In the past, there have been ongoing issues and discussions with regard to Jack Wolfskin and the protection of its brands. This document will therefore provide extensive and transparent information on our position with regard to this topic both in the past and today.
Which wordmarks and design marks are protected?
For Jack Wolfskin, the “PAWPRINT”, “JACK WOLFSKIN” and “DRAUSSEN ZU HAUSE” or “AT HOME OUTDOORS” marks are protected under trademark law. In addition, other trademarks that have been launched by us for particular products or as an indicator of particular quality standards are also protected, including our TEXAPORE and NANUK trademarks.
What is a brand?
A brand is what defines a product or service, allowing it to be distinguished from others. In general, it indicates the manufacturer who made the product. Brand products are associated with specific characteristics and qualities. The brand serves to guide the consumer during the product selection process.
So that the distinction of the product or service is clear and not used by several companies at the same time, which would be confusing, brands are protected by being entered into the registers of (i) the Office for Harmonization in the Internal Market (Community Trade Marks), (ii) the World Intellectual Property Organisation (International Registration trademarks) or (iii) the relevant national trademark offices. This protection is essential in order to guarantee the identity of the brand and to protect consumers against fraud and plagiarism. Not only can words be protected, but design elements (such as our pawprint) and combinations of wordmarks and design elements too. Trademark protection always relates to specific product or service areas.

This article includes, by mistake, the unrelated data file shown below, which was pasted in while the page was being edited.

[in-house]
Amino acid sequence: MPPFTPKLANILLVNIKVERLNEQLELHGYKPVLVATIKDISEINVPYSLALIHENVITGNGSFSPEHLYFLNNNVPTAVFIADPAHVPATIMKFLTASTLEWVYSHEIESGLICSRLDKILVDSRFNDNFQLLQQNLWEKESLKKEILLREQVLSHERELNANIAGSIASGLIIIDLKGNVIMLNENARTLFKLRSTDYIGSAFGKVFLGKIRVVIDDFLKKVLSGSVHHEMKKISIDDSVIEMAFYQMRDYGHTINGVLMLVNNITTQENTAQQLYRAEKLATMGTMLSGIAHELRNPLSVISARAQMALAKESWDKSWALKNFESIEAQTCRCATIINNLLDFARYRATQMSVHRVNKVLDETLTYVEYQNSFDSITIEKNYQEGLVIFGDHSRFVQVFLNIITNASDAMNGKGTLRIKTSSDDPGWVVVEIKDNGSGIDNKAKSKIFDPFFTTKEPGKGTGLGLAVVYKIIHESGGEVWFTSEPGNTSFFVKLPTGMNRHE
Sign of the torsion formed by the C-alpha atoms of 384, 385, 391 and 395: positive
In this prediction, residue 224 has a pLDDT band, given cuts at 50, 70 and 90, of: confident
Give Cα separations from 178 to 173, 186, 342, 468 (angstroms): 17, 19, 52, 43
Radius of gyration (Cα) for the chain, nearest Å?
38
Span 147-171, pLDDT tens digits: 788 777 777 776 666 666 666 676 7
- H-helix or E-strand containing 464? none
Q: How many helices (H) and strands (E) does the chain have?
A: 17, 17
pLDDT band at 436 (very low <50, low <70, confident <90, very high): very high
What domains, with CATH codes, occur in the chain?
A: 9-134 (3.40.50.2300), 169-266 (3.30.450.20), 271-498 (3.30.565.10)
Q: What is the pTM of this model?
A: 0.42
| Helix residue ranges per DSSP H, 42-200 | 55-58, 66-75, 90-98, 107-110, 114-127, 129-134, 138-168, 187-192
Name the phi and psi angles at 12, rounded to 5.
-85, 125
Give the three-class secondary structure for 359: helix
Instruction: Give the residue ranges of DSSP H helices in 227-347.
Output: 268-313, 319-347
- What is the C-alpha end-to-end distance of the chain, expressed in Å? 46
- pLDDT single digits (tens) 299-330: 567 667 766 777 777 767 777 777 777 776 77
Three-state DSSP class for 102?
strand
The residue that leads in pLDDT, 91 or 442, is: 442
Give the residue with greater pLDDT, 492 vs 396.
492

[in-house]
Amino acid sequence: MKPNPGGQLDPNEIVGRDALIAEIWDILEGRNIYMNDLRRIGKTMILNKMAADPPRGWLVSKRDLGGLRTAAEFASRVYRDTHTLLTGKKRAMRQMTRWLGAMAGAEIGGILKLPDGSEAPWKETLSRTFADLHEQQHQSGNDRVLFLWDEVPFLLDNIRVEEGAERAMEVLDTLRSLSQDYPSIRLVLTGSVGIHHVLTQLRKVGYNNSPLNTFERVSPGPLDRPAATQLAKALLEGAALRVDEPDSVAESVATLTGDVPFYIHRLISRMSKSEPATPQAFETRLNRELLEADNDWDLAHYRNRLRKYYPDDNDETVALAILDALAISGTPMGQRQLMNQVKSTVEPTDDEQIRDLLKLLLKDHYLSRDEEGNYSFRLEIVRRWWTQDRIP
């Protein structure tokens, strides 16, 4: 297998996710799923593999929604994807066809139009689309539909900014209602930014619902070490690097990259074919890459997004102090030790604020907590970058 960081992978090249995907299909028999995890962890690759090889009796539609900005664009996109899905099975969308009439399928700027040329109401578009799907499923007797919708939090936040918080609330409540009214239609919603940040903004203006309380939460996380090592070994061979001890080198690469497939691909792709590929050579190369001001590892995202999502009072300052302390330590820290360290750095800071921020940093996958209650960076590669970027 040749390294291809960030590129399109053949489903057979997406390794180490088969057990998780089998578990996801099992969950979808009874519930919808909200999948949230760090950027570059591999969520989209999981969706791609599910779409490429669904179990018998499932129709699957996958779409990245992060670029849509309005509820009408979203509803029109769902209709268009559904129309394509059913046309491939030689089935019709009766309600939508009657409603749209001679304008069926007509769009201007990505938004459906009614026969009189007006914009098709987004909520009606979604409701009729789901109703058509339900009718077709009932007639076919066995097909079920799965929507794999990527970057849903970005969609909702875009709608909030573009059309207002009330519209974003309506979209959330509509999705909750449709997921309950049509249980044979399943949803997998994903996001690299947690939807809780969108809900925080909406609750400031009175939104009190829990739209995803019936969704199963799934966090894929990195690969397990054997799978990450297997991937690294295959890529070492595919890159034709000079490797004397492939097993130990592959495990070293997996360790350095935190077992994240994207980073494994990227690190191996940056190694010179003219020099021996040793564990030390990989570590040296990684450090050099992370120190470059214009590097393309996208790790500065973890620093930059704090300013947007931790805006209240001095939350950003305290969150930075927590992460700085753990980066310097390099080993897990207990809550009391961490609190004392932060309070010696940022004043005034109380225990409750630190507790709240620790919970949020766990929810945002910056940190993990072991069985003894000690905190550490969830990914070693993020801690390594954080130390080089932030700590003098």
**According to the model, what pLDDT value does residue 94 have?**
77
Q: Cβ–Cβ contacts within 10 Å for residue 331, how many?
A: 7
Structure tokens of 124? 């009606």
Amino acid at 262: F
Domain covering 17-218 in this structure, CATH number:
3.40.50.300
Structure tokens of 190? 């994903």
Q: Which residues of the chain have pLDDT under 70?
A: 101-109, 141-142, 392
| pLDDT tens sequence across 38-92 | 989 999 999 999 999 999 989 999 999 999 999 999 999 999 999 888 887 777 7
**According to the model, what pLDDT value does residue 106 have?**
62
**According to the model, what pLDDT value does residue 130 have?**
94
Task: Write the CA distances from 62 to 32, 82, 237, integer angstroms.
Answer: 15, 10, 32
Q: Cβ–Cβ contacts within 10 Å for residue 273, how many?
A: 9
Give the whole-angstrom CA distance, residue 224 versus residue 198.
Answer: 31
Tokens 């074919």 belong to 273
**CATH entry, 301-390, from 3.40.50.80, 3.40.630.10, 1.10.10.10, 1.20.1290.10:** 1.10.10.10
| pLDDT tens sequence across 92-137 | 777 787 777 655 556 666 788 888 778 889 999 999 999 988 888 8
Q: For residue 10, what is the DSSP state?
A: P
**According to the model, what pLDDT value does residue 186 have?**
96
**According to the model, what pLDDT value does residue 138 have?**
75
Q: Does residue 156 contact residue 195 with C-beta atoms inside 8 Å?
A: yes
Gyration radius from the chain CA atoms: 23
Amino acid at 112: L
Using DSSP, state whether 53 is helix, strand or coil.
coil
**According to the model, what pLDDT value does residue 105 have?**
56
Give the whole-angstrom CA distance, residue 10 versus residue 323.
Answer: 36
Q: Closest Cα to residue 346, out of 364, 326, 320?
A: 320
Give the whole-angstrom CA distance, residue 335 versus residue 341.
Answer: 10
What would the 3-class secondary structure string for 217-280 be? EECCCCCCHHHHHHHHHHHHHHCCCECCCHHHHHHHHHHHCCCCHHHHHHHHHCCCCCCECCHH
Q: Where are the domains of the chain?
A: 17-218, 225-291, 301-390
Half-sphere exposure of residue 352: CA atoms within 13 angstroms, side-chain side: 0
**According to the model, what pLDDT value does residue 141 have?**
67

Trademark law is not the same as copyright law
Misunderstandings primarily arise when people do not distinguish between trademark law and copyright law. While copyright law must guarantee that the individual intellectual creation of a copyright holder cannot be used by another without the holder’s consent (regardless of whether it is used for commercial purposes or not), trademark protection does not require an act of intellectual creation but solely the entry of the trademark into the register by the relevant trademark office for specific goods or services. As with the Jack Wolfskin pawprint, trademarks can also be registered for symbols for which there can be no copyright protection as a result of a lack of sufficient originality. In this way, a pawprint cannot be seen as having been invented by anyone, but can still be registered as a brand and protected for specific product and service areas.
Why does trademark law polarise people?
Sometimes there are misunderstandings that a symbol such as a pawprint could belong to a company. This argument, however, overlooks the fact that trademark law does not establish a universal right to use a trademark as such (as opposed to trademarks protected by copyright), but solely regulates its commercial use as a trademark for specific goods and services and assigns this right exclusively to the owner of the trademark. Companies see their brands as part of their own identity, and thus our pawprint and “Jack Wolfskin” embody the origin of our products, including their quality standards. For this reason, we object to third parties assuming this identity as their own. We believe that anyone experiencing the same thing, with someone else assuming their identity, would feel the same way.